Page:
Bayer CropScience to expand seed and plant traits business

17 September 2009 22:24  [Source: ICIS news]

MONHEIM, Germany (ICIS news)--Bayer CropScience is investing about €3.5bn ($5.1bn) through 2018 to accelerate the expansion of its BioScience seed and plant traits business, company executives said on Thursday.

“We are currently active in about one quarter of the seeds and traits market,” said Joachim Schneider, head of the BioScience business. “In the future, we want to offer an expanded portfolio of products that will serve around one half of this market directly.”

Monheim-headquartered Bayer CropScience said it invested more than €1bn in the BioScience business between 2003 and 2008. The business develops and commercialises seed for vegetable and agriculture crops, as well as plant traits based on modern breeding methods and plant biotechnology.

Friedrich Berschauer, Bayer CropScience’s chairman, said the BioScience business plans to launch 14 seed varieties with innovative traits between 2008 and 2016. Efforts to develop new traits will focus primarily on cereals and soya beans, in addition to its current key crops of cotton, rapeseed oil, rice and vegetables, he added.

Bayer CropScience said it intends to more than triple sales from the BioScience business to about €1.4bn by 2018. The business increased sales by 18.8% at constant exchange rates last year, contributing €452m to Bayer CropScience’s total sales of €6.4bn.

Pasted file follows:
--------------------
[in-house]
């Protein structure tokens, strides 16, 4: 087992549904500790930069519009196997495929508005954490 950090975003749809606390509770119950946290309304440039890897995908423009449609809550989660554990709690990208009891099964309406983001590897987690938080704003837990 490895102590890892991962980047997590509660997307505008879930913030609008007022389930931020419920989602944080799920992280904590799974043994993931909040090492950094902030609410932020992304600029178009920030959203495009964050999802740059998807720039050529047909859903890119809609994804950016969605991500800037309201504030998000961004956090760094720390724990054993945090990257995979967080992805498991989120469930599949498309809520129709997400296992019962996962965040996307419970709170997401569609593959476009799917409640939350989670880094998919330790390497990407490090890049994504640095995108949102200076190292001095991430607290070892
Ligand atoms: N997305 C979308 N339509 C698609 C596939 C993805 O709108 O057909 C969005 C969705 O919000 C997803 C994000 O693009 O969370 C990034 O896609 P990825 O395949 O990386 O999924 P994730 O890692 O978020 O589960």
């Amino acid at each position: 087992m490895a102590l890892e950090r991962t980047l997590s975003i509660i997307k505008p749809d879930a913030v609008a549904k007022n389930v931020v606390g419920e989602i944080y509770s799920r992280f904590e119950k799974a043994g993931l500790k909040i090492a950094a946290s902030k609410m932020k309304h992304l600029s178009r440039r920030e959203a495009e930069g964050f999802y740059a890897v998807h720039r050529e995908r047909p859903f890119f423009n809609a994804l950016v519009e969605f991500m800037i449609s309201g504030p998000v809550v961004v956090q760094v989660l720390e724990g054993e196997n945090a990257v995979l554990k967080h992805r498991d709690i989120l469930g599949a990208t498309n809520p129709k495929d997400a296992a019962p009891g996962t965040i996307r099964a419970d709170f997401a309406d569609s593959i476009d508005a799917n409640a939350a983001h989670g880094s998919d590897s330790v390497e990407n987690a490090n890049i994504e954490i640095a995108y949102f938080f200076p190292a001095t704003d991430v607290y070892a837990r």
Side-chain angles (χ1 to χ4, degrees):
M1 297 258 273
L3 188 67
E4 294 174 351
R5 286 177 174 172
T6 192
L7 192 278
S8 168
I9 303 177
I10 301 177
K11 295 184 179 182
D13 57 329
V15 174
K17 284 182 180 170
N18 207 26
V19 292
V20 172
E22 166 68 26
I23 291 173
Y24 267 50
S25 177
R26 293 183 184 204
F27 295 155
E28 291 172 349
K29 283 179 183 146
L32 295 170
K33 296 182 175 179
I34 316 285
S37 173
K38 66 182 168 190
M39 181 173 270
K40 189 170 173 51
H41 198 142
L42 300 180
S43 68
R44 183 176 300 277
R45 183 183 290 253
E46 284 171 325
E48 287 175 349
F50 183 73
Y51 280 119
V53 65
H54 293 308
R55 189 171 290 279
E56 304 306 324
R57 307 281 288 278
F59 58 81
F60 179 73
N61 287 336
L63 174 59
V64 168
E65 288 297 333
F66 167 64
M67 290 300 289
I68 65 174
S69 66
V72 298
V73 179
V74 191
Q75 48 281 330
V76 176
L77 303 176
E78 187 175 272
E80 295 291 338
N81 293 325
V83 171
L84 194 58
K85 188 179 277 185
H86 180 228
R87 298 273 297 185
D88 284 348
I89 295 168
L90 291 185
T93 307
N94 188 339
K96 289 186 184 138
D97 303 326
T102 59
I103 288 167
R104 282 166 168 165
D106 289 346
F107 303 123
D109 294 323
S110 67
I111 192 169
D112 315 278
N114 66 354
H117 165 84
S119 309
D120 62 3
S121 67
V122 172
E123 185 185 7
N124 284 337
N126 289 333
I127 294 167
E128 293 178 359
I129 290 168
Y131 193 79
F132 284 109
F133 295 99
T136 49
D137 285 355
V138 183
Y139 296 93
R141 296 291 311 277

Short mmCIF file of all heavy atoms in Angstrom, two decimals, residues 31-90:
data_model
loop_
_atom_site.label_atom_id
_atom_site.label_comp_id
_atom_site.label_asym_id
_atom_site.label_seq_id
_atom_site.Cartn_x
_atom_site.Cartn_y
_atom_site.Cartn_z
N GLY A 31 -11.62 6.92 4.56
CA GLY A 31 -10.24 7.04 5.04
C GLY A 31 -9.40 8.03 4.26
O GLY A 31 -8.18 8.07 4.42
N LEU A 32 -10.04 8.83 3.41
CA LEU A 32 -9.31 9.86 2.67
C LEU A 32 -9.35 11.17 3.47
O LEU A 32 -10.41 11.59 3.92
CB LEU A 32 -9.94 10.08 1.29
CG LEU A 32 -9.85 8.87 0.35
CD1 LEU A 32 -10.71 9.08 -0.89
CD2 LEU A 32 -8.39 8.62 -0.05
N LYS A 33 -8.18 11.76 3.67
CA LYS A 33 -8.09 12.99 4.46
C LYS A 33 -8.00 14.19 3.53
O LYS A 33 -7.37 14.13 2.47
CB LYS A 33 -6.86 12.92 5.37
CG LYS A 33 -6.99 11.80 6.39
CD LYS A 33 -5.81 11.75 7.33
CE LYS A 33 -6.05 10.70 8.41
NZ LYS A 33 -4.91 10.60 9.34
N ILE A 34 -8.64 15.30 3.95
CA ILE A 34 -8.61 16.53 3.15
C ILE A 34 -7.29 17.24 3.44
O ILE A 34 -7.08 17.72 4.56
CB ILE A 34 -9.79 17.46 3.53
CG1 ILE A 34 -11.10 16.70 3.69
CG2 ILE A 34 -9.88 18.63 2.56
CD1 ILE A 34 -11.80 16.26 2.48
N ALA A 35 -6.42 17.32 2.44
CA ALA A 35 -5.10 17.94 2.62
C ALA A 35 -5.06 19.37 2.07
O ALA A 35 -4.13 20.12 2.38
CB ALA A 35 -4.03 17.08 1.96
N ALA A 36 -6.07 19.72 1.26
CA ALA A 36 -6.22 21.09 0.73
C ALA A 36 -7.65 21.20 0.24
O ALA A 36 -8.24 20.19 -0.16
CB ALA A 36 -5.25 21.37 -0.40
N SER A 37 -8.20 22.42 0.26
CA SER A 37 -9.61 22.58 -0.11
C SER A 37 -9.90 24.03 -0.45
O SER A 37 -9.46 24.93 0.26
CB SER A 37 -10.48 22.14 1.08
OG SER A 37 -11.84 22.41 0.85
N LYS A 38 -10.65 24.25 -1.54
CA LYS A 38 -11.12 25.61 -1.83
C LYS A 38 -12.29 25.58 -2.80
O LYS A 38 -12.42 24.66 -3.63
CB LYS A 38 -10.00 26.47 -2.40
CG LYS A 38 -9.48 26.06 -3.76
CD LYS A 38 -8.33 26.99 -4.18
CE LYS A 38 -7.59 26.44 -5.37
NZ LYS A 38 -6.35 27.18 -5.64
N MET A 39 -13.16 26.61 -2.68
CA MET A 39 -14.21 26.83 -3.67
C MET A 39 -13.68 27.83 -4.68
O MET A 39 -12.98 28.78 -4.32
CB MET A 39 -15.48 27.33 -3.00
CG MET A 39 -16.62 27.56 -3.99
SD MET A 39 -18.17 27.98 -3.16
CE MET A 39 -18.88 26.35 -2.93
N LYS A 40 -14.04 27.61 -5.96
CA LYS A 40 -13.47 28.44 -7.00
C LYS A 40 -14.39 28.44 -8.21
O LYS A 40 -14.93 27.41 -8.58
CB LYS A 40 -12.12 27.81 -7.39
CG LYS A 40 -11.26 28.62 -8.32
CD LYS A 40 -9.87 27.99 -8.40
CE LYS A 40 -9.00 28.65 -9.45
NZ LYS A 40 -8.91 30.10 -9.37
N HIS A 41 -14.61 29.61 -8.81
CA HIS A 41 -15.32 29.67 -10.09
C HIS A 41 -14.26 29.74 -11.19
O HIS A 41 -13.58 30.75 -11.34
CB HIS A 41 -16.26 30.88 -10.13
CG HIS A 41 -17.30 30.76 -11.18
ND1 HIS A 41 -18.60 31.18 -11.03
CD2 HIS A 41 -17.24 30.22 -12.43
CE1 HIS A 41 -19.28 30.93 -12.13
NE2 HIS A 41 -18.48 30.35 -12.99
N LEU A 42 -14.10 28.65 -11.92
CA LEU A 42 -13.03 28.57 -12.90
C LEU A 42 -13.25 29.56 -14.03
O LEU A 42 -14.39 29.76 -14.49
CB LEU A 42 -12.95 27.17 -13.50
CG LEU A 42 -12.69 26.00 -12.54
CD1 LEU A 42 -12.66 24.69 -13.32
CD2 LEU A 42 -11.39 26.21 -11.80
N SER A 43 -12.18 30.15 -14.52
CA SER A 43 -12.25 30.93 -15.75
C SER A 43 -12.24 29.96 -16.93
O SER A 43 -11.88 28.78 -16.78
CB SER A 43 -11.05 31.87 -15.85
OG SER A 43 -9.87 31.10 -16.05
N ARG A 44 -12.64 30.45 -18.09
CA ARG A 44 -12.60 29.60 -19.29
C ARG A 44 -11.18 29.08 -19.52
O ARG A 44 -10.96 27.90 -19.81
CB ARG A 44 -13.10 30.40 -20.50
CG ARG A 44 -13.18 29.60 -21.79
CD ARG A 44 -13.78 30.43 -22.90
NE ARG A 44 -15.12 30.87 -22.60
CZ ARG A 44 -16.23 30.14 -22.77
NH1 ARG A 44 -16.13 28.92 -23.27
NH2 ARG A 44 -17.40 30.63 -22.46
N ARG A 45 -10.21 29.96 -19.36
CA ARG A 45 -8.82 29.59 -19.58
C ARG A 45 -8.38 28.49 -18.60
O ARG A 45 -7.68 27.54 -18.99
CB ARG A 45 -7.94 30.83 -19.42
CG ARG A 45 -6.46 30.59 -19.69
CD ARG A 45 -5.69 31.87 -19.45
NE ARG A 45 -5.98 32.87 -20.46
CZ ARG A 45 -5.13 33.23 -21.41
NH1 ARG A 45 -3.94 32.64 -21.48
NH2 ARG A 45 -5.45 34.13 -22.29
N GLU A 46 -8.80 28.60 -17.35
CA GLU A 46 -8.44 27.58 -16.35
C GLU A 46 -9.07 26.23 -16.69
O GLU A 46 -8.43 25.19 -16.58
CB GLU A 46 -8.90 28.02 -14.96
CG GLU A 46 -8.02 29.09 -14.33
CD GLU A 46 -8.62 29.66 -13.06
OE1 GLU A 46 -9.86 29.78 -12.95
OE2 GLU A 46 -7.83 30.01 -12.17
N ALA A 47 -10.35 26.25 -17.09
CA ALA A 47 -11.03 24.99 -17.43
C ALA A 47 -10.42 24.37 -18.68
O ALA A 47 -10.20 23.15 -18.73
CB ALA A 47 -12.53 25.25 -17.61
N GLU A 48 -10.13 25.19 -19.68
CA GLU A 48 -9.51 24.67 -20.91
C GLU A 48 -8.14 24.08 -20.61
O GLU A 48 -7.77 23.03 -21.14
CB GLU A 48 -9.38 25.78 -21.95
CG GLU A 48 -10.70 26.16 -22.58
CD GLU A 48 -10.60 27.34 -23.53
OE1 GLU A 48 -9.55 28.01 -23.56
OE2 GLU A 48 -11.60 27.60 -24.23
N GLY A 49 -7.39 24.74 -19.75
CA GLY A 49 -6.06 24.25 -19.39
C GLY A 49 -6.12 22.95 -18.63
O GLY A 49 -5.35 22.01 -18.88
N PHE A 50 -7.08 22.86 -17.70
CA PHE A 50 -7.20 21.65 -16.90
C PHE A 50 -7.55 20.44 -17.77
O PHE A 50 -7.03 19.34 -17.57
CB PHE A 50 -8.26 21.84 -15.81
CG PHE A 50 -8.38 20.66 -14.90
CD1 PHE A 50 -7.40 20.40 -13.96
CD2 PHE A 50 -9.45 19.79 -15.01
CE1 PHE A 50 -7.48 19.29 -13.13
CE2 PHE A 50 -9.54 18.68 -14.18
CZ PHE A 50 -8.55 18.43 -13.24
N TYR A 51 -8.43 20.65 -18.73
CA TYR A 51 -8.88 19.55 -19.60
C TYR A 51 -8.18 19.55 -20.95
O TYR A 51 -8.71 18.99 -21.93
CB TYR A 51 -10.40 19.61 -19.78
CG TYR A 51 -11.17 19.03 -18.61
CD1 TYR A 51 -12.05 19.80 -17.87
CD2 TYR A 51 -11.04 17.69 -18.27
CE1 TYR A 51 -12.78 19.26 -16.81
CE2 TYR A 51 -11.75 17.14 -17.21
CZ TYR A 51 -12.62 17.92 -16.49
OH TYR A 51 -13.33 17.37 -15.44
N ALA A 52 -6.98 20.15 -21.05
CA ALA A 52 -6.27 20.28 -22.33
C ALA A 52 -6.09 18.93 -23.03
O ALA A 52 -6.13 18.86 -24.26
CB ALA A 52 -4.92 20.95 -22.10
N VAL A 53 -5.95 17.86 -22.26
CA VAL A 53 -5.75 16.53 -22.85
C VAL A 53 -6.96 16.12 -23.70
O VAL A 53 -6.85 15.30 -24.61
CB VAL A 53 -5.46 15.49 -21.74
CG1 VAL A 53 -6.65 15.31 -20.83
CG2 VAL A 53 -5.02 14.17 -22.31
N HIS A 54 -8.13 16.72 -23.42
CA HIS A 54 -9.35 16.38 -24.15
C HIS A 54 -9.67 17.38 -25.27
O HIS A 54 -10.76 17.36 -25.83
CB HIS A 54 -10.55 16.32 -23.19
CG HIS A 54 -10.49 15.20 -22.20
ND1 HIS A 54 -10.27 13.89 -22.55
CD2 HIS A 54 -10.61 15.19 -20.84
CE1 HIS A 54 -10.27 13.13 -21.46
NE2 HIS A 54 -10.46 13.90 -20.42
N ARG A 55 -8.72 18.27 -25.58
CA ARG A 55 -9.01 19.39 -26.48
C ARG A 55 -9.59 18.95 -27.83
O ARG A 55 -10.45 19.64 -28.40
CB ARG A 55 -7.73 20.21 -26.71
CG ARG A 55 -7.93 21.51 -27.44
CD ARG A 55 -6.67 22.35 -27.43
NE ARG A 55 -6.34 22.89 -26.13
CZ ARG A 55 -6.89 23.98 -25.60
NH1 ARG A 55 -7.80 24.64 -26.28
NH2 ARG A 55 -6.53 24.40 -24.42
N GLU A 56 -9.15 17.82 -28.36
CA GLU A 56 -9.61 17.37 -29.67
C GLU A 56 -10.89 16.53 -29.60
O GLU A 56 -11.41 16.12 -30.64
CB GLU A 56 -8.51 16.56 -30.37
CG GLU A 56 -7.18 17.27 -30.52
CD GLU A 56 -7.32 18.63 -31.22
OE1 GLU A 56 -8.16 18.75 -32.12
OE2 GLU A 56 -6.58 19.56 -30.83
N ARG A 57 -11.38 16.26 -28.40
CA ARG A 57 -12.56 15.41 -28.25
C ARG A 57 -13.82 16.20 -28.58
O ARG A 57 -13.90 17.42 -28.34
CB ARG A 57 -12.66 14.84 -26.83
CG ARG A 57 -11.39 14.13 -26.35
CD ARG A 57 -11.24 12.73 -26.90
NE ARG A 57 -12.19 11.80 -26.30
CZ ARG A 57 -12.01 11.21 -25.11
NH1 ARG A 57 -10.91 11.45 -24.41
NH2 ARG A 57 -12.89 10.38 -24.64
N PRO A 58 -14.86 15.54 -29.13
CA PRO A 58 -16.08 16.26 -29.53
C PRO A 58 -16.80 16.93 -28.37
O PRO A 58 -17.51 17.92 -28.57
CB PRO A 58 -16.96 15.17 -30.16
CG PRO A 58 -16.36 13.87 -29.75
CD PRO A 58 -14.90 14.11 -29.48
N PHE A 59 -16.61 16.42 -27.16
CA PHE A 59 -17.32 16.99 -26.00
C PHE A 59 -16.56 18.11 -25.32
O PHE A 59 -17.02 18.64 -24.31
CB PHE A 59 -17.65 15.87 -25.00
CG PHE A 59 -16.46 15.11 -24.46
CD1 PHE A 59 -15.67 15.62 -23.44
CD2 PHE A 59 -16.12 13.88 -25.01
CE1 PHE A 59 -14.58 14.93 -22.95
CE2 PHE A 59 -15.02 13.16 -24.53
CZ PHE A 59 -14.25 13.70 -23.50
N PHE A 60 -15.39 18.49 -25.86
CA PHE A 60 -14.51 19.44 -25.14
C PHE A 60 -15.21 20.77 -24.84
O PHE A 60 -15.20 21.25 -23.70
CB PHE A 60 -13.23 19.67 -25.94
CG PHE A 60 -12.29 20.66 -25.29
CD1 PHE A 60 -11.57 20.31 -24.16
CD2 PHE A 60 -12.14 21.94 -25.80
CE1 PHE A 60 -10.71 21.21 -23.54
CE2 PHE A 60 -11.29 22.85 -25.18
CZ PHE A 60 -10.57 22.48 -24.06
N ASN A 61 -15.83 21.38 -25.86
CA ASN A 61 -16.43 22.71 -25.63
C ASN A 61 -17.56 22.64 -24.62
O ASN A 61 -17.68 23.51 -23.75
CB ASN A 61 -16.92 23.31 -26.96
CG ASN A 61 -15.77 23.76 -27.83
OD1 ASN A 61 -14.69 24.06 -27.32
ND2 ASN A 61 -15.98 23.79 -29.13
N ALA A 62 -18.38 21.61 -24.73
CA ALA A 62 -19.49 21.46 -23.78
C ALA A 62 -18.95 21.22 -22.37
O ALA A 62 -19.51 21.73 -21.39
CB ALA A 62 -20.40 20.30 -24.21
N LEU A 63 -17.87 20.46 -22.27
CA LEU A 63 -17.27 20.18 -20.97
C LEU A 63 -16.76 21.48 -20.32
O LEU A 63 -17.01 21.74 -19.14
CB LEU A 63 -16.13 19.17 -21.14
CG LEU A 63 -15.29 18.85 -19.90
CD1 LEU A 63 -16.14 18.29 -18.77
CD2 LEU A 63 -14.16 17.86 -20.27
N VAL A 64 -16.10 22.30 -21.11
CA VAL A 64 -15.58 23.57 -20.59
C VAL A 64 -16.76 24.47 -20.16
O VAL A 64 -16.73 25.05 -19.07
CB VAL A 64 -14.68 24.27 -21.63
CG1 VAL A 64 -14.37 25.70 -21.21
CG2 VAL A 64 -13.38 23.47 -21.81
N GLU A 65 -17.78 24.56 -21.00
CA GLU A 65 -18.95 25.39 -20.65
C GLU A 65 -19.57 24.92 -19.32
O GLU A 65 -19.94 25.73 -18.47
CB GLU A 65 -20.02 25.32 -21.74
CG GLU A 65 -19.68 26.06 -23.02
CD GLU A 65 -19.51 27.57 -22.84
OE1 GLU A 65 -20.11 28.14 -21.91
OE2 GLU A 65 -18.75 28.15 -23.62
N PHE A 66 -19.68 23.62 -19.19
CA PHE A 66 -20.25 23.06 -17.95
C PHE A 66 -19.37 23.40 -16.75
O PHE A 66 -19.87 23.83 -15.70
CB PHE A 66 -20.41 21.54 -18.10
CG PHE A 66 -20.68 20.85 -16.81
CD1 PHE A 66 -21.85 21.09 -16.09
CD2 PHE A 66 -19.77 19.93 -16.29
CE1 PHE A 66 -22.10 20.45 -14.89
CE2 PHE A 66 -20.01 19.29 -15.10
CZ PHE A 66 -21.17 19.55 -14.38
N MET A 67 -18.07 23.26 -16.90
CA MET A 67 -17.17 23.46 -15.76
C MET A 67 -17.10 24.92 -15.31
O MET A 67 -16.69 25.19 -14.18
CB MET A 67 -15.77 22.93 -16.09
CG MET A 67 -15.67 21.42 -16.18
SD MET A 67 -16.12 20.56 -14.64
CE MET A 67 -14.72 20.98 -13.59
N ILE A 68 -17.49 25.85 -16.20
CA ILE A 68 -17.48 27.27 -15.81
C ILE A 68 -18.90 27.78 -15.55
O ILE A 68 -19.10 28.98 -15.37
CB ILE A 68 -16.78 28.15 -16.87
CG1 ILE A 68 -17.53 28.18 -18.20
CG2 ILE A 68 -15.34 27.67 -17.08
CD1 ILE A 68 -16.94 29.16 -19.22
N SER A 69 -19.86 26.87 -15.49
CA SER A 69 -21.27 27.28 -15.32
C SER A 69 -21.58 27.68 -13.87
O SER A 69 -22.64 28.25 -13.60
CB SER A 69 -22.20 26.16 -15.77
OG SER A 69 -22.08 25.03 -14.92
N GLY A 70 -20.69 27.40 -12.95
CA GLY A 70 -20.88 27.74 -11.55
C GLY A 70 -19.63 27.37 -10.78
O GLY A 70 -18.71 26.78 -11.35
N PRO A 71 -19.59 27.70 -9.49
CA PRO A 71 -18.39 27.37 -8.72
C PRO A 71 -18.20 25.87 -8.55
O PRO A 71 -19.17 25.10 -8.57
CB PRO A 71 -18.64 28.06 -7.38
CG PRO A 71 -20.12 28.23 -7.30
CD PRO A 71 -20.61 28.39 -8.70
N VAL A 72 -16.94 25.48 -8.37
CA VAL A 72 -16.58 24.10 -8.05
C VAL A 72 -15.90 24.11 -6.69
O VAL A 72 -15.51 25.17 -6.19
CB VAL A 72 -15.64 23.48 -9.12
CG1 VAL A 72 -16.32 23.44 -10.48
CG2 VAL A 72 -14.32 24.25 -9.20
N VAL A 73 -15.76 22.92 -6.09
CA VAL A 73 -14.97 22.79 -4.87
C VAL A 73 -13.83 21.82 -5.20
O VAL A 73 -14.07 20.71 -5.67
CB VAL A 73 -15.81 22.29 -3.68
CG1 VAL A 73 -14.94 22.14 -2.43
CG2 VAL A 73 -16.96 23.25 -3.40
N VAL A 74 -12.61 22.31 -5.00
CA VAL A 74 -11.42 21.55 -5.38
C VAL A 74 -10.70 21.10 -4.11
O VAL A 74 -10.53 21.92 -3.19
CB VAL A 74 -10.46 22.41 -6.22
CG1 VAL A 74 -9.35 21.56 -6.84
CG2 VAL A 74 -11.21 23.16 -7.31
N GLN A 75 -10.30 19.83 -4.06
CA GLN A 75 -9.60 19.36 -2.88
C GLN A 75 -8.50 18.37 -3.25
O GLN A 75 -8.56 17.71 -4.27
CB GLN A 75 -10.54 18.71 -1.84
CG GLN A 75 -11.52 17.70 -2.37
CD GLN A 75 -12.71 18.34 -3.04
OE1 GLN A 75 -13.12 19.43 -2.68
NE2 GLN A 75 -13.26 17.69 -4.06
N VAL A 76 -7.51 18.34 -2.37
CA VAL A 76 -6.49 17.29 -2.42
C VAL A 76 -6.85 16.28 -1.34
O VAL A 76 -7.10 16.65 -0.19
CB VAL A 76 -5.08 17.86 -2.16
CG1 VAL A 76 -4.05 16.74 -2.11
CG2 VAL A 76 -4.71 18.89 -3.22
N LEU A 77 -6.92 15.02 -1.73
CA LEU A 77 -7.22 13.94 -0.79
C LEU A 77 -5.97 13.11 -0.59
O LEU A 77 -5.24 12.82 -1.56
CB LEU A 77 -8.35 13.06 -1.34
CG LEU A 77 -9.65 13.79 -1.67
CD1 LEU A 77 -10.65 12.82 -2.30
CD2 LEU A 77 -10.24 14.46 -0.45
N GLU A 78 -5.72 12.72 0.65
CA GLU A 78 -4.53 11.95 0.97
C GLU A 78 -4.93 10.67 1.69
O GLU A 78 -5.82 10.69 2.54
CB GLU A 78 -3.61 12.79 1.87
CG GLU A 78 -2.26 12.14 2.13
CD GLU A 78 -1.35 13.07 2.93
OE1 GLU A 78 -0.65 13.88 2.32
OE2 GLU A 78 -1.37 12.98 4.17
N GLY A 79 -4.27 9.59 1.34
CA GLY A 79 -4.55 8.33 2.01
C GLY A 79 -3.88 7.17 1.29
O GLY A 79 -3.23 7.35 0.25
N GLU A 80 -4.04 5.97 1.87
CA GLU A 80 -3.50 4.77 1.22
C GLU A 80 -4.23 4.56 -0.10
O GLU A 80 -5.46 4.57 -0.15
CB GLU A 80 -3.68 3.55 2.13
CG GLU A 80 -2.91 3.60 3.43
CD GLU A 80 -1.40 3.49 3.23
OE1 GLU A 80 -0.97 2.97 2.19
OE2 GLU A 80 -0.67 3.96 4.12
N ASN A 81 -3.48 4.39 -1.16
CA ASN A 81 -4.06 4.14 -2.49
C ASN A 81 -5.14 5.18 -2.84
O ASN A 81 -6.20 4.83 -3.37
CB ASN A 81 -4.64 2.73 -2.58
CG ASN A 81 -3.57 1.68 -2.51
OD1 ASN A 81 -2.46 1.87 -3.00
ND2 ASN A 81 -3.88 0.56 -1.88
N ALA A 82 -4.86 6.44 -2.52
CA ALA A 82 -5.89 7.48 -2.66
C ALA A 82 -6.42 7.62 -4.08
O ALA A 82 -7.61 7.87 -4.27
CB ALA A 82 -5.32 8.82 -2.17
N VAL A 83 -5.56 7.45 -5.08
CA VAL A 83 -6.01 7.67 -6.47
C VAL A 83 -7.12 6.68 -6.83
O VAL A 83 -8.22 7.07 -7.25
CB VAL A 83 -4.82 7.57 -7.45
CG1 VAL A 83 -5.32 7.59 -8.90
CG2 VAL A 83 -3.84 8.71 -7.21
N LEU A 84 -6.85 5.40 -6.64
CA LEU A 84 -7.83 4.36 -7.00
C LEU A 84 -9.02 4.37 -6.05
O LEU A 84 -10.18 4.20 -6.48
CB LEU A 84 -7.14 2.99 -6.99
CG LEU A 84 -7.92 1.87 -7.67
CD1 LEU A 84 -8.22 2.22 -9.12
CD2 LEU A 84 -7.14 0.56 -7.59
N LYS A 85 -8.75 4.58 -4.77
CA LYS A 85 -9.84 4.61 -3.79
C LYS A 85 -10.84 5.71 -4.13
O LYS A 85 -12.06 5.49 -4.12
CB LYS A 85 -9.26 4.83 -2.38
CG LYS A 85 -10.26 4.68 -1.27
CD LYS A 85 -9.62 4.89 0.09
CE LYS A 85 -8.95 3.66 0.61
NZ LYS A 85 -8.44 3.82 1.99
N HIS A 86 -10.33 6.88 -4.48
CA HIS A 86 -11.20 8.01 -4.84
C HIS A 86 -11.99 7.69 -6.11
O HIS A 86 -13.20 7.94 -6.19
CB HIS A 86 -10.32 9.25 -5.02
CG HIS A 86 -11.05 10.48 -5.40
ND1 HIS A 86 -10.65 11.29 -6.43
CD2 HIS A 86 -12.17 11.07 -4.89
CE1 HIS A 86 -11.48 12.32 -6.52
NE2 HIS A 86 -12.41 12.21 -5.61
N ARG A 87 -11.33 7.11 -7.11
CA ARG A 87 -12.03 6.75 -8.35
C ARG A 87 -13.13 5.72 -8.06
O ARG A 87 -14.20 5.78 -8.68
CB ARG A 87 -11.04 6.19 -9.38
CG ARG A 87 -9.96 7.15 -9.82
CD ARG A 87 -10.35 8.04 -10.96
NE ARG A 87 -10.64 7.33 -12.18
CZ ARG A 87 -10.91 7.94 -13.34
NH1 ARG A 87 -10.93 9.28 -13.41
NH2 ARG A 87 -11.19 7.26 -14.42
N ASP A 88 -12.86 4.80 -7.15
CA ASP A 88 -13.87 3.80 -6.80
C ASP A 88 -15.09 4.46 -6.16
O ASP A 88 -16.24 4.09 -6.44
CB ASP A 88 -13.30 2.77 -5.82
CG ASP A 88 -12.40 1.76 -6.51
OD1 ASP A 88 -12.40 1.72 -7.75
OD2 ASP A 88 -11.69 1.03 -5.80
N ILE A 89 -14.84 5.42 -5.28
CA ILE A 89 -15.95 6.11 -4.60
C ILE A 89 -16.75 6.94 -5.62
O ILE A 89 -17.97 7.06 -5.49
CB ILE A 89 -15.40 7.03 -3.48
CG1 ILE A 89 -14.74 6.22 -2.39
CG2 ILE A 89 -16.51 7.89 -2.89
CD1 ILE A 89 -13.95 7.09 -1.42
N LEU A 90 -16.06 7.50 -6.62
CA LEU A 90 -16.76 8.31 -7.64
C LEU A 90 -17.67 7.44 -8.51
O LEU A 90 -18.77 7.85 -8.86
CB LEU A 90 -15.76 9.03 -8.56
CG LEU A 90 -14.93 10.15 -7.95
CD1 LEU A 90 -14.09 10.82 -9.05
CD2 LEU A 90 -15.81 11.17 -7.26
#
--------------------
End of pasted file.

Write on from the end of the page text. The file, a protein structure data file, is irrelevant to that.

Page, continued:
Bayer CropScience estimates that the agrochemicals market will grow by an average of 3%/year for the next 10 years, with the total market increasing from approximately €48bn to some €66bn by 2018.

“While we may see above average growth of 6% in the plant biotechnology segment, we expect moderate growth of about 1-­2% on average per year in the conventional crop protection market,” said Berschauer. “Consequently, the share of the seeds and traits business will increase to 48% by 2018, putting it almost on a par with the crop protection business.”

New technologies - and modern seed breeding and plant biotechnology in particular - will play a significant role in boosting agricultural productivity, which is essential if people are to have access to enough affordable food, Berschauer told journalists at Bayer CropScience’s annual press conference.

The Institute for Global Food Economy and Rural Development at the University of Gottingen predicts that food production will have to approximately double by 2050, he said.

($1 = €0.68)

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By: Anna Jagger
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